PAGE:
An urgent law change to allow police to film secretly on private property could be slowed up by Labour, which says it will not support the legislation unless it goes through proper process.
Prime Minister John Key yesterday announced plans to pass "patch" legislation to authorise police use of covert video surveillance.
The measure would suspend the effect of a Supreme Court decision last week that ruled police surveillance on Maori land in the Ureweras was unlawfully obtained.
Crown Law had advised Cabinet it meant almost all use of covert video surveillance was unlawful, and could affect up to 40 trials already underway and 50 police operations.
Mr Key said it was essential to move quickly, and the bill would be passed under urgency next week as long as other parties supported it.
Labour leader Phil Goff said he had not yet seen the bill, and Labour's support would be conditional on the process the bill went through.
"If there's to be legislation, it has got to go through some sort of select committee process," Mr Goff told reporters this morning.
"It might be a shortened process, but I've seen too much of urgency in this house where Parliament rushes stuff through, doesn't think it through, creates more problems than it solves, so let's do it properly.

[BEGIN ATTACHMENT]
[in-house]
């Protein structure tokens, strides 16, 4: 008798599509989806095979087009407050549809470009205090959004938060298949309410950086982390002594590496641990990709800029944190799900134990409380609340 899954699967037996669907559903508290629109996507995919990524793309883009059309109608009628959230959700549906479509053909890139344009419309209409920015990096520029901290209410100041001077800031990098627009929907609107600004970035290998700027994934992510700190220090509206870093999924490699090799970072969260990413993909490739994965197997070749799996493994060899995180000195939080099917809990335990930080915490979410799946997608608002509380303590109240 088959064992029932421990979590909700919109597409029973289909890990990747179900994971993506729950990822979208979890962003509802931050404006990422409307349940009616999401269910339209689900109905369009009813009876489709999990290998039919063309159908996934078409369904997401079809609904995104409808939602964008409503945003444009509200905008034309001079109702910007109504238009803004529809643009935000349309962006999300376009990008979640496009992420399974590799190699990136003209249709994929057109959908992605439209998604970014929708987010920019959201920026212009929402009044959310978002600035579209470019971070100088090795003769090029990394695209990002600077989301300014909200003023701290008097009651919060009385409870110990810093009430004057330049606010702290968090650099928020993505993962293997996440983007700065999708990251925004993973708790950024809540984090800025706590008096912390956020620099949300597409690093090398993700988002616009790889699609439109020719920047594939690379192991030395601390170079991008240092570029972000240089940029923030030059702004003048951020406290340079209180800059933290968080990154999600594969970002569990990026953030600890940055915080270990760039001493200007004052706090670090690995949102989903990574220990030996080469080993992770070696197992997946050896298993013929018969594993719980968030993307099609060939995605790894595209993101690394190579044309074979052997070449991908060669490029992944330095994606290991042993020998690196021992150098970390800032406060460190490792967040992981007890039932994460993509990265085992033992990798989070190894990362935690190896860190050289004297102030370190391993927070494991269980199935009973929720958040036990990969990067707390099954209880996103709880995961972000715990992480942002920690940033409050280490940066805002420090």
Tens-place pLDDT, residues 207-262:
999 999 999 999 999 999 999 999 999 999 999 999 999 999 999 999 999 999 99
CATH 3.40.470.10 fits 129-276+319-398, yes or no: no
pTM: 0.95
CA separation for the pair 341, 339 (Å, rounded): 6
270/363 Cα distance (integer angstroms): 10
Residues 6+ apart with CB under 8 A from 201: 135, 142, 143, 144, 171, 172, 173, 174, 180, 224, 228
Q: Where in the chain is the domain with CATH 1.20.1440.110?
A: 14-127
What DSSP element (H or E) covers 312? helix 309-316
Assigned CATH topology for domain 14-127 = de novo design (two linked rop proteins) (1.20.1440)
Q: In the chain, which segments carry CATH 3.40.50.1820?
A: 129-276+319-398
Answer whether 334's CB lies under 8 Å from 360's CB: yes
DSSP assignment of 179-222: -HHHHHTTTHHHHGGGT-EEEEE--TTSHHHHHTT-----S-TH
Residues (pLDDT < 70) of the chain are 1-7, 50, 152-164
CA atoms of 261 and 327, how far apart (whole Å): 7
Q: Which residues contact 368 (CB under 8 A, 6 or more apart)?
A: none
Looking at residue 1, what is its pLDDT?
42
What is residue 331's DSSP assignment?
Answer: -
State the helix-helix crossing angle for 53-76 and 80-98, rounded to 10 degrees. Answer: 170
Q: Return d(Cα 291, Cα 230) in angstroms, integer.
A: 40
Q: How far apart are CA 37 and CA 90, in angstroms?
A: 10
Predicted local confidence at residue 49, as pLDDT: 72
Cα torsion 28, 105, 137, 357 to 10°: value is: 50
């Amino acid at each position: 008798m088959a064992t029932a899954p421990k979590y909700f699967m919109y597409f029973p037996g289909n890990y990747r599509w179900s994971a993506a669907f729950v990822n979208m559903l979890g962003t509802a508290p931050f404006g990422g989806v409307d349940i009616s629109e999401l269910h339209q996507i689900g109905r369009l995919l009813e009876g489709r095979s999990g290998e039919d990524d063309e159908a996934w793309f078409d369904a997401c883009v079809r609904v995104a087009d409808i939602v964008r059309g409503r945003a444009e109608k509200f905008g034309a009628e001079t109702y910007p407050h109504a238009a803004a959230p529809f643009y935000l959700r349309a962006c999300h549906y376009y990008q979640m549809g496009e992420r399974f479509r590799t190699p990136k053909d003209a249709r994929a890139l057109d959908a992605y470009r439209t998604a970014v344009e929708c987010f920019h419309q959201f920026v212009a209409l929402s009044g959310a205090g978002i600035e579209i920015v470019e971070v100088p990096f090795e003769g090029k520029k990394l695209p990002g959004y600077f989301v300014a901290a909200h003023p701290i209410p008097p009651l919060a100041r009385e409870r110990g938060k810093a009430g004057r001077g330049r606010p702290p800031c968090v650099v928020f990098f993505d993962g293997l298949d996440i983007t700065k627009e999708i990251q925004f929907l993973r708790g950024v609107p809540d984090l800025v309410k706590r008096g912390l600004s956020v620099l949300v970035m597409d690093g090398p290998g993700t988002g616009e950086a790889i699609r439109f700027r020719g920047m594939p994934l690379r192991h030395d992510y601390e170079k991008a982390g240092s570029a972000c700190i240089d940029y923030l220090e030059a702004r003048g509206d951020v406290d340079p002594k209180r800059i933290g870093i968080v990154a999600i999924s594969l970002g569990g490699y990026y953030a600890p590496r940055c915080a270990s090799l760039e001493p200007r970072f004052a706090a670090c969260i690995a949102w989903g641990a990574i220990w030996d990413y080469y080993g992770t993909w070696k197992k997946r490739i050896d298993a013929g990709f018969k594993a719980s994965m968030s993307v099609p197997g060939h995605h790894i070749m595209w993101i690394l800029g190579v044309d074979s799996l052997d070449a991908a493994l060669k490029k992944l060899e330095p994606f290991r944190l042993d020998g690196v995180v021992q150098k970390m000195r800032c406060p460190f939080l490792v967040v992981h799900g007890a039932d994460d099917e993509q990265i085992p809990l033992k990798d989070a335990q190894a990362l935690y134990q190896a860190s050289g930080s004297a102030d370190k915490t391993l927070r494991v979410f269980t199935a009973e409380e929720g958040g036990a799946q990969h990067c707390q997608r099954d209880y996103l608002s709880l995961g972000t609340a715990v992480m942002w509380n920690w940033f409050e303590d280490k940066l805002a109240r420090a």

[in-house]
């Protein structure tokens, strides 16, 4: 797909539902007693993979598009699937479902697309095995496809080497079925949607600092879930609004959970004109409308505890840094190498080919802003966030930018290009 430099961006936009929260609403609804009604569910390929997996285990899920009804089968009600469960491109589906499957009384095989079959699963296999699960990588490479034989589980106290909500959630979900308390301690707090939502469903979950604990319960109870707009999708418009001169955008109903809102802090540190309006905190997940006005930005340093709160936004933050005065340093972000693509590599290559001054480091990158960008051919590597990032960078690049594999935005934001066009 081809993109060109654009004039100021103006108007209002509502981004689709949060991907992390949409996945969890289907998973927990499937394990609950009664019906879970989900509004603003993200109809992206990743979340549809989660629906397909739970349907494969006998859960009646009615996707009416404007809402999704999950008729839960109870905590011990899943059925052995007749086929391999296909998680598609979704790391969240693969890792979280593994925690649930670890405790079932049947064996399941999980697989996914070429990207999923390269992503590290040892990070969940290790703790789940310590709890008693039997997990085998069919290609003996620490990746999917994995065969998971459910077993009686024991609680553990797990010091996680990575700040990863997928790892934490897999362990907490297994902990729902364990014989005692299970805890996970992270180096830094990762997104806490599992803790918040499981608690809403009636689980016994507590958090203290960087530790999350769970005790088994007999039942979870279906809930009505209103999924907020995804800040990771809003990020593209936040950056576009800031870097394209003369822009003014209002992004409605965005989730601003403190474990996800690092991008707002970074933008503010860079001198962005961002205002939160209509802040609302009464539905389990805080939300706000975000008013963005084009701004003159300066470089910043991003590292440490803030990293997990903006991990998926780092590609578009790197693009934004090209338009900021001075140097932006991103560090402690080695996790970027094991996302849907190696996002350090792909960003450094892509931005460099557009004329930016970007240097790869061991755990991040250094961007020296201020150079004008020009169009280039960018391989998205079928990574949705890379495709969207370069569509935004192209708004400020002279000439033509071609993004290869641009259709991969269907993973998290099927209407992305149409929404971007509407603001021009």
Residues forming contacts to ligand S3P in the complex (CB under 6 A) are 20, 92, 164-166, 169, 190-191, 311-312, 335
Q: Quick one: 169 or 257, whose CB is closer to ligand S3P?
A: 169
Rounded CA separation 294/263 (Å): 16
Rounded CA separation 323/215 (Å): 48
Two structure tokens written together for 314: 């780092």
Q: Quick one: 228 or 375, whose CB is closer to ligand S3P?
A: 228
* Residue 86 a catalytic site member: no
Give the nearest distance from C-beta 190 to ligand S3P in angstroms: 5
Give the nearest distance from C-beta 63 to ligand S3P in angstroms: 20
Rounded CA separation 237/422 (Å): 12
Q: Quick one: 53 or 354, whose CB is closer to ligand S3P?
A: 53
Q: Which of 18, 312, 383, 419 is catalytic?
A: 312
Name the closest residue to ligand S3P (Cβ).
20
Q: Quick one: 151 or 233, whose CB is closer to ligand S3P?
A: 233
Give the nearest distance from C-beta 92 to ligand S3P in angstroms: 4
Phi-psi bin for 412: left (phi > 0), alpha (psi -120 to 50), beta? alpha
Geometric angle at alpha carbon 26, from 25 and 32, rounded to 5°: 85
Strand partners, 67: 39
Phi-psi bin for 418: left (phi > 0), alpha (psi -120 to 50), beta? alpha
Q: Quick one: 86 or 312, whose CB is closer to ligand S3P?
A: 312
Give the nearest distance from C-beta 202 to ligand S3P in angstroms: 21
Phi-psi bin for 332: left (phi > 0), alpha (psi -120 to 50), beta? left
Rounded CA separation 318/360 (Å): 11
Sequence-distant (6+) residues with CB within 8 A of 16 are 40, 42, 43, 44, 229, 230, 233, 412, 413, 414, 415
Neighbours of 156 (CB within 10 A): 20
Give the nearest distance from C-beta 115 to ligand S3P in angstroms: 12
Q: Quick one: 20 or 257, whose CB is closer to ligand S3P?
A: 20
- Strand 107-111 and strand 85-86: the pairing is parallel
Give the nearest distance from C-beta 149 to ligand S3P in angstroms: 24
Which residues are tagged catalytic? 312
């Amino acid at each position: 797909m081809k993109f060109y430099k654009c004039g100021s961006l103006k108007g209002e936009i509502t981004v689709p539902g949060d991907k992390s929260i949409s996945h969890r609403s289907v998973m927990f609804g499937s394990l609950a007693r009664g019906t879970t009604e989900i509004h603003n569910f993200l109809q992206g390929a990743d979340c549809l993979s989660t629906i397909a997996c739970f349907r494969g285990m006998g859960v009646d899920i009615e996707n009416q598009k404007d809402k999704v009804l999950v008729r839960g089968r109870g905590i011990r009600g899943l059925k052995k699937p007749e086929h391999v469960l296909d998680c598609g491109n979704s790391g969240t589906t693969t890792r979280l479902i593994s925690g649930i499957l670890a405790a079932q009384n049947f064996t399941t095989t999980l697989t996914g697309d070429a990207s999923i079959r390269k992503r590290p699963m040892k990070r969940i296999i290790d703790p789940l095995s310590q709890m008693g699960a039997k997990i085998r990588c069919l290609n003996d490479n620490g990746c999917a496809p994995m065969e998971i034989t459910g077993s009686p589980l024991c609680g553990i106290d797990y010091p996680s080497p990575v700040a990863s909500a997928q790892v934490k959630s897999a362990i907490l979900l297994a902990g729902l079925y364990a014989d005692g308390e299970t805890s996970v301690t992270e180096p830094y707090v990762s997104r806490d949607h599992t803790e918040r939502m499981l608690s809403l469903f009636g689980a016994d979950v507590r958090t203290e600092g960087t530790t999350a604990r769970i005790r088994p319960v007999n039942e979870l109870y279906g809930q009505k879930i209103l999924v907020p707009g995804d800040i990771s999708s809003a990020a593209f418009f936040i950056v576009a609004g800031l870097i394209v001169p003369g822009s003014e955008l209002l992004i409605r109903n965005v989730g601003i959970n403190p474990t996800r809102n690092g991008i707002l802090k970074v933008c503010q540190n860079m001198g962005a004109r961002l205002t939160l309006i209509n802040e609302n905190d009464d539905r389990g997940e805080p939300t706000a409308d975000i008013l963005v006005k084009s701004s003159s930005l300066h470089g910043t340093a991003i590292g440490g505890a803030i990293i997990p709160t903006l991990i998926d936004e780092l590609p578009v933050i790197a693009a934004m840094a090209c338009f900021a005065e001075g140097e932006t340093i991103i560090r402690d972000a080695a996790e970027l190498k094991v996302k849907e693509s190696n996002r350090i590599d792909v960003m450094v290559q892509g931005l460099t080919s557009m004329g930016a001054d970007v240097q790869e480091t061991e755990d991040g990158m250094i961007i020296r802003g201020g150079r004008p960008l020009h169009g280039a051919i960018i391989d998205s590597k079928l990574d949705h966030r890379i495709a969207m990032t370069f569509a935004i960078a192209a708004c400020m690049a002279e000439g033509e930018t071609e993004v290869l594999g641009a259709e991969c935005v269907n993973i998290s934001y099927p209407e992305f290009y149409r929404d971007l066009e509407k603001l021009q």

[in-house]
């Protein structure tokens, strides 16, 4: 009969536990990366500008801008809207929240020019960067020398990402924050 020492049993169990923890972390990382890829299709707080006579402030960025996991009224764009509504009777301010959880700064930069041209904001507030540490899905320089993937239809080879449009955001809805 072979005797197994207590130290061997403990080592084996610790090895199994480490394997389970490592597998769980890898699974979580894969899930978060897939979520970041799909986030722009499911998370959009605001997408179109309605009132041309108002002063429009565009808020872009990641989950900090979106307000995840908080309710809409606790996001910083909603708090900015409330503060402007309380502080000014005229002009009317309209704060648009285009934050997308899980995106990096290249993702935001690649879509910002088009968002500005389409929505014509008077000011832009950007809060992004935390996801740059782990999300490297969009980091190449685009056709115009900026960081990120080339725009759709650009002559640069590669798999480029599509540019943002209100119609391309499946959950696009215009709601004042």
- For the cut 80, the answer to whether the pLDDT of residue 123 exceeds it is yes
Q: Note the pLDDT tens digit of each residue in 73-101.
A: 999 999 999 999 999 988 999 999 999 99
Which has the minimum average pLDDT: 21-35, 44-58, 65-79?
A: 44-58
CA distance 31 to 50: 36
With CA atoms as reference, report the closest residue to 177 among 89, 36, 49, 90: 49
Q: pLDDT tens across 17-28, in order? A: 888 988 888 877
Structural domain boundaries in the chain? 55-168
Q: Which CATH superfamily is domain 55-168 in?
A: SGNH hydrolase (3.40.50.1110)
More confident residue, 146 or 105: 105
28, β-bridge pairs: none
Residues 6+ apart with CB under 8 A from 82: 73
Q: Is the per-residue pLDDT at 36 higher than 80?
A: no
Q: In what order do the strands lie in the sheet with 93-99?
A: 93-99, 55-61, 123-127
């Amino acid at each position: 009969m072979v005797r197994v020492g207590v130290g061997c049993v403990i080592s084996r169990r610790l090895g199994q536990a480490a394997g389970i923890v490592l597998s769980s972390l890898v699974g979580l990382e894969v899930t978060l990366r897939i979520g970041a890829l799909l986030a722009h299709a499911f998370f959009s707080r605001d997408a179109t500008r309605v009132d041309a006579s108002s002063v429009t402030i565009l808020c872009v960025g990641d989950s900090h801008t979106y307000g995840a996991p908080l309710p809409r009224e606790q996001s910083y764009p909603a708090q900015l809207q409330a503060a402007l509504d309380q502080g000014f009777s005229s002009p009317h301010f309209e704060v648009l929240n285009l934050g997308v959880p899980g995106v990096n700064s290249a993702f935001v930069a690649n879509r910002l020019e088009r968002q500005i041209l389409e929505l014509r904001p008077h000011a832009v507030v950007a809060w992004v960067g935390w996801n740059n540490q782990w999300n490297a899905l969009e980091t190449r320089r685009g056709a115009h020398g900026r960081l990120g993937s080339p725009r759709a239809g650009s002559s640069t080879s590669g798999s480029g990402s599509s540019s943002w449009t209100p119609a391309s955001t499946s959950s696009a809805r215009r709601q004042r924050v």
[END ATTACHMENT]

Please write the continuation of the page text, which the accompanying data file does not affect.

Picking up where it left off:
"It needs to have expert opinion, we need to have the Law Commission, we need to have the Law Society, we need to have the other players in this game able to comment on it."
However, Mr Goff agreed the problem did need to be fixed.
"Labour's not about to let drug traffickers and other criminals get out of jail because of inadequacy of the law."
The Maori Party has already said it will not support the bill, with MP Te Ururoa Flavell calling the Government's move a "panic reaction".
"The facts of this matter seem unequivocal - the court has decided that the use of video surveillance is unlawful in the absence of prior judicial authorisation. Because there was no legislative authority the police should not have acted the way they did," he said.
"Two wrongs do not a right make. There is no way the Maori Party will support after-the-fact legislative change to make the unlawful lawful."
The Green Party also indicated it would not support the bill, while Act was to discuss the matter today.
The bill would be a temporary patch until the Search and Surveillance Bill was passed next term.